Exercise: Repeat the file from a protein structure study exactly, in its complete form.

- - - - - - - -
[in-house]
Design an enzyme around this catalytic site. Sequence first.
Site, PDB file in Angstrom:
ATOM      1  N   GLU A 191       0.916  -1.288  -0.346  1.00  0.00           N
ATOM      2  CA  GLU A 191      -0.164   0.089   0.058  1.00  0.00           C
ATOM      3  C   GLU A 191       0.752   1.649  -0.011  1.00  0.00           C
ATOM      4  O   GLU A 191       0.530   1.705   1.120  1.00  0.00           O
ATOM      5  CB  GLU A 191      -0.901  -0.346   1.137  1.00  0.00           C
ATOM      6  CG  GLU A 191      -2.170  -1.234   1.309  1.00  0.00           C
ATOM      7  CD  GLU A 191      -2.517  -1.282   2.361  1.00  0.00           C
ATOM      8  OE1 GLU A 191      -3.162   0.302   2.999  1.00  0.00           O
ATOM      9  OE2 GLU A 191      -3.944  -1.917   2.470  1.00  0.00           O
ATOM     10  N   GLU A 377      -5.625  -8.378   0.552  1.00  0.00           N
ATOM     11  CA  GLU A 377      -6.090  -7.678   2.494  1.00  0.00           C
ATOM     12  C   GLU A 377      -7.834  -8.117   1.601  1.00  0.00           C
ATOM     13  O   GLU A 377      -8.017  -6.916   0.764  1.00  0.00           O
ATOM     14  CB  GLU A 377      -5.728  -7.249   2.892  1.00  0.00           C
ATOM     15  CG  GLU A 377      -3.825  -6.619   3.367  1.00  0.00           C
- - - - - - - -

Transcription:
[in-house]
Design an enzyme around this catalytic site. Sequence first.
Site, PDB file in Angstrom:
ATOM      1  N   GLU A 191       0.916  -1.288  -0.346  1.00  0.00           N
ATOM      2  CA  GLU A 191      -0.164   0.089   0.058  1.00  0.00           C
ATOM      3  C   GLU A 191       0.752   1.649  -0.011  1.00  0.00           C
ATOM      4  O   GLU A 191       0.530   1.705   1.120  1.00  0.00           O
ATOM      5  CB  GLU A 191      -0.901  -0.346   1.137  1.00  0.00           C
ATOM      6  CG  GLU A 191      -2.170  -1.234   1.309  1.00  0.00           C
ATOM      7  CD  GLU A 191      -2.517  -1.282   2.361  1.00  0.00           C
ATOM      8  OE1 GLU A 191      -3.162   0.302   2.999  1.00  0.00           O
ATOM      9  OE2 GLU A 191      -3.944  -1.917   2.470  1.00  0.00           O
ATOM     10  N   GLU A 377      -5.625  -8.378   0.552  1.00  0.00           N
ATOM     11  CA  GLU A 377      -6.090  -7.678   2.494  1.00  0.00           C
ATOM     12  C   GLU A 377      -7.834  -8.117   1.601  1.00  0.00           C
ATOM     13  O   GLU A 377      -8.017  -6.916   0.764  1.00  0.00           O
ATOM     14  CB  GLU A 377      -5.728  -7.249   2.892  1.00  0.00           C
ATOM     15  CG  GLU A 377      -3.825  -6.619   3.367  1.00  0.00           C